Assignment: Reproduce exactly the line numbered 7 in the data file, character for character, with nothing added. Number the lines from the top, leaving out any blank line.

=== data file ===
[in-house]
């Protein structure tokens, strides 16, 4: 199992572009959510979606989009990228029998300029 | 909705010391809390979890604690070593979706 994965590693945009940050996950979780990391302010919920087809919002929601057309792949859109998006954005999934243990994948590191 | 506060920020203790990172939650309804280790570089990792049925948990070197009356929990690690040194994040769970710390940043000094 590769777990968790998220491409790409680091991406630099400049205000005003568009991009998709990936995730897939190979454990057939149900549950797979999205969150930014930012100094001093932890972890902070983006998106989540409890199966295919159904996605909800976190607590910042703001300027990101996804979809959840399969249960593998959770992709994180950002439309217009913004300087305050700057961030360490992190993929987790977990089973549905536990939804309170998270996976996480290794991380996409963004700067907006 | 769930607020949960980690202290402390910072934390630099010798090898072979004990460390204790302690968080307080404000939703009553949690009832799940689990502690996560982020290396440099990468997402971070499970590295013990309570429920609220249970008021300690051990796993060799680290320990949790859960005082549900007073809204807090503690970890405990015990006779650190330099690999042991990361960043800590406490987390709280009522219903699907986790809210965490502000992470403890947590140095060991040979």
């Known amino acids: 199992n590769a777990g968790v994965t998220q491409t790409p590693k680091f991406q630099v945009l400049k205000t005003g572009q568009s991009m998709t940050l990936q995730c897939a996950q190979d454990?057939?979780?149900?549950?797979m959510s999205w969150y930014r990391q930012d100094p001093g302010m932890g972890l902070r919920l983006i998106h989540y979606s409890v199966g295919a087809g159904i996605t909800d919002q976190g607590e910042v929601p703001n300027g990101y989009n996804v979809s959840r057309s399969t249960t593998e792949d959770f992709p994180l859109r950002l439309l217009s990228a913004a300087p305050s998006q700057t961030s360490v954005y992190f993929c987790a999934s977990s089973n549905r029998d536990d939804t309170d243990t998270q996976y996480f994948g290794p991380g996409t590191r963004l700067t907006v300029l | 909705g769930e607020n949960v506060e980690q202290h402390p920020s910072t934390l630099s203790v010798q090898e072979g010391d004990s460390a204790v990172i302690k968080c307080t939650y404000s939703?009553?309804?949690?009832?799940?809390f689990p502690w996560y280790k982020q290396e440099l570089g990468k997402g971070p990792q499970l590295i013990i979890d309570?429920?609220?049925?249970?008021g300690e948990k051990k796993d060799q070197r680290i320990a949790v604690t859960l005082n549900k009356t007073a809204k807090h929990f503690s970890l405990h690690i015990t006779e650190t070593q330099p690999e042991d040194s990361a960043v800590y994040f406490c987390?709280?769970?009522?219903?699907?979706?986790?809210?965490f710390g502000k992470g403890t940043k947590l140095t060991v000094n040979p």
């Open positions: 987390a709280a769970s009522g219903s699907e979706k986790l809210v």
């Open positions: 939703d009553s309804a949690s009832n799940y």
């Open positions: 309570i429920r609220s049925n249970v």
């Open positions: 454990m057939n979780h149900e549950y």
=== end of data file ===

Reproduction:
């Open positions: 454990m057939n979780h149900e549950y």